The Book of Genesis and the Bible as a whole begins in silence. Speech first happens in verse 3 when God says, ‘Let there be light.’ In the beginning there was silence and in the silence God saw that the earth was formless and empty, darkness was over the surface of the deep, and the Spirit of God was hovering over the waters. Before creation began God was there in silence and stillness, the Spirit hovering over and seeing a realm of possibility yet to be realised, a realm of possibilities waiting to bodied forth, shaped and named by imagination.

Silence enables sight because sight precedes speech. The child looks and recognises before it can speak and so it is here, in this description of the time before time. Therefore, we need to regularly return to silence in order to see afresh, as we will also see God doing in this story.

Then God speaks imaginatively, embodying possibilities, shaping and naming possibilities as realised and actualised entities – let there be light, let there be sky, let there be land, let there be seas, let there be vegetation, let there be creatures, let there be human beings, let there be … After the speaking, the shaping, the defining, the naming, after all those things there is rest; the return to silence and stillness in order to see. God saw all that had been made, and indeed, it was very good and God rested on the seventh day from all the work that had been done.

In the time of God’s sabbath rest, we are invited to become sub-creators – co-creators – with God to continue this pattern or process of contemplative creation.  The Lord God brought every animal of the field and every bird of the air to humans to see what we would name them; and whatever we called every living creature, that was its name. We gave names to all cattle, and to the birds of the air, and to every animal of the field.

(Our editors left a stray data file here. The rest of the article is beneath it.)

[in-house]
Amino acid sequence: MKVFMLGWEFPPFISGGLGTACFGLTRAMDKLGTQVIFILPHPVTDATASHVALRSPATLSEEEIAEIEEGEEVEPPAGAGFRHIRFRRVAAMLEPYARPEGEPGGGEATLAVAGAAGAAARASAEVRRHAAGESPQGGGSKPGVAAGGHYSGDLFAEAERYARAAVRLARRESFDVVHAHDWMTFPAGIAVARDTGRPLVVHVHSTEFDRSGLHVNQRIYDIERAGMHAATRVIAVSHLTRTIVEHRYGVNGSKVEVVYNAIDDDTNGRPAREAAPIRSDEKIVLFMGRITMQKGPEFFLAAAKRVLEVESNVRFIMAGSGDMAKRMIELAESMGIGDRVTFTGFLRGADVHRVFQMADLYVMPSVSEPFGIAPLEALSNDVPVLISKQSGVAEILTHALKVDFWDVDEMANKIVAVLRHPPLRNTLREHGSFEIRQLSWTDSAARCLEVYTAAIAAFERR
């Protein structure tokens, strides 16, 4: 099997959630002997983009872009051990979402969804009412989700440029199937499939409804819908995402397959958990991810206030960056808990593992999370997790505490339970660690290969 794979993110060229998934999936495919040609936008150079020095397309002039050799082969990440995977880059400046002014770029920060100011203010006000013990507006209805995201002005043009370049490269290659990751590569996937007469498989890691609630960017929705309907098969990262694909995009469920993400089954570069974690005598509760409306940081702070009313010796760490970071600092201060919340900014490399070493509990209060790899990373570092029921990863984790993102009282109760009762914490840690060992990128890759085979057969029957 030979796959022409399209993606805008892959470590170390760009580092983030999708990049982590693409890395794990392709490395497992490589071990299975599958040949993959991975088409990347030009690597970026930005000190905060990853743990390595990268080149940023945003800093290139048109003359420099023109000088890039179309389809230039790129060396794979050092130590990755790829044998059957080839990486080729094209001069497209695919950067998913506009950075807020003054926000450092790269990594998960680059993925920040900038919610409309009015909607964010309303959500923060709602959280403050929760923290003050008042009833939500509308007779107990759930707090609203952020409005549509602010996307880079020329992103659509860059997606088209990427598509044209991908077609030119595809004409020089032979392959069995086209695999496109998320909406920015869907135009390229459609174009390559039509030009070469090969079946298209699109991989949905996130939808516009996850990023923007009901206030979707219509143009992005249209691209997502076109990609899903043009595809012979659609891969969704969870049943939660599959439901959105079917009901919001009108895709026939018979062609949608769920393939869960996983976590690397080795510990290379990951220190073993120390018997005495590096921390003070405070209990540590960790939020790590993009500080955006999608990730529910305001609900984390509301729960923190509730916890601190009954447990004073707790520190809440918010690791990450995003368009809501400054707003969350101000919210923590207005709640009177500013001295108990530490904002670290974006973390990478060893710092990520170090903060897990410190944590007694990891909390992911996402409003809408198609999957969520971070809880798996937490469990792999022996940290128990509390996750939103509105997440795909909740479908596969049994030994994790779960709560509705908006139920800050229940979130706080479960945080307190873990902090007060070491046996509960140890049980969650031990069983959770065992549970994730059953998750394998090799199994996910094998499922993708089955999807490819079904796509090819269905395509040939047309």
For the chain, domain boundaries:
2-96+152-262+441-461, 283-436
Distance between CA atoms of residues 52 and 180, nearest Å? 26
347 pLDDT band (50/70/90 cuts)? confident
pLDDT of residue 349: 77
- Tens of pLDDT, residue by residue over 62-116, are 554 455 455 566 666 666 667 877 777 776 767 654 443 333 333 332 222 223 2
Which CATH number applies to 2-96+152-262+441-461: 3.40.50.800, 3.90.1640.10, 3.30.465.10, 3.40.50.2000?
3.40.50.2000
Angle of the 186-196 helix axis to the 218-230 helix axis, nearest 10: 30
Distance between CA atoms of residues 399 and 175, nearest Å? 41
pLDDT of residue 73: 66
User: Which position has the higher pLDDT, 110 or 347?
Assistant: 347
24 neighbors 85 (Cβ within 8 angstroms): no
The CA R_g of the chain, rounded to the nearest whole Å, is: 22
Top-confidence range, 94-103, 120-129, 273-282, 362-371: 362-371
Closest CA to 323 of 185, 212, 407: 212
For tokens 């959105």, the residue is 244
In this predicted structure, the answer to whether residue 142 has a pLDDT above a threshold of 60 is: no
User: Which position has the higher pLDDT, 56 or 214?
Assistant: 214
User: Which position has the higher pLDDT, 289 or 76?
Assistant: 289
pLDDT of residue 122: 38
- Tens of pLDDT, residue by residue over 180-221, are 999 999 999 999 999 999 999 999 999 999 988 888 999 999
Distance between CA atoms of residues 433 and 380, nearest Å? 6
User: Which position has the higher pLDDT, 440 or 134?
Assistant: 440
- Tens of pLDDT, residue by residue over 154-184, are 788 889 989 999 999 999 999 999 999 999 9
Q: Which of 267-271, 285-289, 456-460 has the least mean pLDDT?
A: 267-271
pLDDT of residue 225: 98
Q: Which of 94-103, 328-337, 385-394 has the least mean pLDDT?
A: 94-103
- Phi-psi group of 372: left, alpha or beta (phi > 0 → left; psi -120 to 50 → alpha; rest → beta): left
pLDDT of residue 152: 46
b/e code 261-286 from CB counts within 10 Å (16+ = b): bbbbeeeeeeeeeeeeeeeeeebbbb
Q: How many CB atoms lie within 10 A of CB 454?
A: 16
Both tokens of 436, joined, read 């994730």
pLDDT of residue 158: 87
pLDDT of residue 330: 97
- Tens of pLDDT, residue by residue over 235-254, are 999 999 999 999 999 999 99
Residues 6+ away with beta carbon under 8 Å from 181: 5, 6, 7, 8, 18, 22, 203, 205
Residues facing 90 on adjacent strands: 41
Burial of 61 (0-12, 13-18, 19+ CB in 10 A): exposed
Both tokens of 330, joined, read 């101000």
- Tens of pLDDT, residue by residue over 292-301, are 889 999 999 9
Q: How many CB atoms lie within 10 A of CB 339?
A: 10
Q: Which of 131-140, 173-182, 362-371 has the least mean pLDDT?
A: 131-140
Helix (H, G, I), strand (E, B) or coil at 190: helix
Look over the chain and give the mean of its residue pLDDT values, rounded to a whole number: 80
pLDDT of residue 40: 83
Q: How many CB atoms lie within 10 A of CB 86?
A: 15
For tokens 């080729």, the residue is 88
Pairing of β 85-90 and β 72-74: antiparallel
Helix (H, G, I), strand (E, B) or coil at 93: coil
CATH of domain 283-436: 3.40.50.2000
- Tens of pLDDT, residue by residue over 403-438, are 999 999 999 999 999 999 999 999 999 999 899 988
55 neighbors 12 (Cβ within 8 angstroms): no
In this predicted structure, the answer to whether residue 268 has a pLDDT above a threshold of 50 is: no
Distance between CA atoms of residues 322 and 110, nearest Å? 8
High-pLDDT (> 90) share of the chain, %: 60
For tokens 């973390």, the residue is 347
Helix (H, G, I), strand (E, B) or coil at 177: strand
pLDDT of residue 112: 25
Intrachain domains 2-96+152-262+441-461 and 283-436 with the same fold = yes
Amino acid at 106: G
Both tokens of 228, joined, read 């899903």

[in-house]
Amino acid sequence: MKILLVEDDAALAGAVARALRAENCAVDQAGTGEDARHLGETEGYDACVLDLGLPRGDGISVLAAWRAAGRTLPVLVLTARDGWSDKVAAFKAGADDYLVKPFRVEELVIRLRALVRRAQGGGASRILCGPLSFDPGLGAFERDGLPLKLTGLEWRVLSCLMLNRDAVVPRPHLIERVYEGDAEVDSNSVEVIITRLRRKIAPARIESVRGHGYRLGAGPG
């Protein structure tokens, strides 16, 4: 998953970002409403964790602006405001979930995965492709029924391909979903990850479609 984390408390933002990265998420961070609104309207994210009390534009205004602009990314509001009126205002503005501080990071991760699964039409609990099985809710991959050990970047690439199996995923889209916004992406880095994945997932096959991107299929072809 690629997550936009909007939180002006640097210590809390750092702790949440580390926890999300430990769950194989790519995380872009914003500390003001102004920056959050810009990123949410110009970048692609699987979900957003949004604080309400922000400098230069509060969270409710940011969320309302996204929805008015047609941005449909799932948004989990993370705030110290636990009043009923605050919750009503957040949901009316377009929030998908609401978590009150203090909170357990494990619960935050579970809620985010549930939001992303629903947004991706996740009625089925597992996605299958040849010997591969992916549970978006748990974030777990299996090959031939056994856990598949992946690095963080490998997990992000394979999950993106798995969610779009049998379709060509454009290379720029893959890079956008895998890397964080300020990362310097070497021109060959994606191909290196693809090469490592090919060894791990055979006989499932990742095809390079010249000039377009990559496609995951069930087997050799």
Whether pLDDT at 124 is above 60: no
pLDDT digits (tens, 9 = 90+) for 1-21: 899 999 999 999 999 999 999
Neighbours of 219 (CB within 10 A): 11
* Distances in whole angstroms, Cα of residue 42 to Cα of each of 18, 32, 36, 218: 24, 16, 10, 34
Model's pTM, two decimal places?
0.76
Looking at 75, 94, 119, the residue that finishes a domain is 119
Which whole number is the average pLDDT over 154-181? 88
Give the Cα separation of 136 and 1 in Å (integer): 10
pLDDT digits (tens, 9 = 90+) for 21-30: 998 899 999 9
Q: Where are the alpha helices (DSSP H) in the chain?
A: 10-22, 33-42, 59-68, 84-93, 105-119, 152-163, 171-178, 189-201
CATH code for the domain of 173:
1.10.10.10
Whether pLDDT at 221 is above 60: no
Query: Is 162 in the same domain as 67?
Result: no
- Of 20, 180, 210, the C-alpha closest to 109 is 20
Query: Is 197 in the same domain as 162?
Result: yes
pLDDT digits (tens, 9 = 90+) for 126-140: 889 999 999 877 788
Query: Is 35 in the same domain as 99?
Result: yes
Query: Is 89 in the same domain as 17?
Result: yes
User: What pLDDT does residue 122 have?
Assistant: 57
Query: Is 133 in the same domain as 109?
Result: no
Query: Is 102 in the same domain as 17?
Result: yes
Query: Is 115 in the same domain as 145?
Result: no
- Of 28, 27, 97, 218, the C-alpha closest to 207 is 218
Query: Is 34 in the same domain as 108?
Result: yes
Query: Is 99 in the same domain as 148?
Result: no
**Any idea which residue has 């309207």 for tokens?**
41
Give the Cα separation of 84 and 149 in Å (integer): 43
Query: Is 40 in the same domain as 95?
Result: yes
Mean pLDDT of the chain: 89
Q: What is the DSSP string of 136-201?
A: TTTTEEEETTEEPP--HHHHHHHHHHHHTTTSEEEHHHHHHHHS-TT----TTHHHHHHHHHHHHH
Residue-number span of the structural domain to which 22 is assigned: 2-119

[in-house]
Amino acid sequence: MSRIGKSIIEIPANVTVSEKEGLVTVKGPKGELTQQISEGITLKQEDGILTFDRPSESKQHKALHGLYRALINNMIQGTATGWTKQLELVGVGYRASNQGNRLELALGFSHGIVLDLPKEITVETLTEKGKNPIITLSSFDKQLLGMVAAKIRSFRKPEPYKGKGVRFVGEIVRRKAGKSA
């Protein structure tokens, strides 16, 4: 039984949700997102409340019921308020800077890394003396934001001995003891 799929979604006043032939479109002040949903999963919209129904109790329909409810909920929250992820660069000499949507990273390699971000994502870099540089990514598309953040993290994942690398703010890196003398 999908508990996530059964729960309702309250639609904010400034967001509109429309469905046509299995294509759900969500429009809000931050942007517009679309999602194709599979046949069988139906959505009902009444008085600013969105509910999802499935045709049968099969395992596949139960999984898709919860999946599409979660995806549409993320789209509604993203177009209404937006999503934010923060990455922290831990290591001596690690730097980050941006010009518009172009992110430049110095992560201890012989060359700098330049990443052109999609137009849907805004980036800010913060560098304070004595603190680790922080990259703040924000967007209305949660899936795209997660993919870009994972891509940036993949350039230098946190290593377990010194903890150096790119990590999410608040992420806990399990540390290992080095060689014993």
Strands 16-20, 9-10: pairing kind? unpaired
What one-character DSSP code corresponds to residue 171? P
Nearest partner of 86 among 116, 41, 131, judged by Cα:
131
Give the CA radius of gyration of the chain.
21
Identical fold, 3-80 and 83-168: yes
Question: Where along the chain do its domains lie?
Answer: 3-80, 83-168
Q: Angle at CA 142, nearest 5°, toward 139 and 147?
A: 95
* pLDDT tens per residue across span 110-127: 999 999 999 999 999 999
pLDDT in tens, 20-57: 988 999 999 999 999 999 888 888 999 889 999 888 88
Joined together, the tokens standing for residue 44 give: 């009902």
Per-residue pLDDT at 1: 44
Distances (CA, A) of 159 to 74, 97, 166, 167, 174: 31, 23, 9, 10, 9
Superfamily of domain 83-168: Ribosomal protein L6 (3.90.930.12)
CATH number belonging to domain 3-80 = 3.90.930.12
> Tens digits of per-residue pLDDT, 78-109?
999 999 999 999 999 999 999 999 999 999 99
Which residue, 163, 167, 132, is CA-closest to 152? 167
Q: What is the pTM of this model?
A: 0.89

God was no longer creating by bodying forth, shaping and naming, but, as he rested, wished to see how his creativity was shared and replicated within his creation. We were asked to co-create by naming all other creatures. Names in ancient times described the essence of the creature or object so named. That is what we did in this story. We looked for the essence of each creature and then named that essence. Naming is a key human speech-act. Describing and defining is a tool for navigating existence and is the basis of scientific discovery, and it all begins with seeing. In order to accurately describe or define or map, we have first to see what is there. That is the sequence within this story. God brought animals to us. We looked at each one and then described or defined each by naming them.

We come to know the essence of a thing by imaginatively exploring its various possibilities. This process of paying attention to an object and using our imagination to explore its possibilities in order to realise its distinctive essence is what the poet Gerard Manley Hopkins called instress. He called the essence that we identify the inscape. Ultimately, ‘the instress of inscape leads one to Christ, for the individual identity of any object is the stamp of divine creation on it.’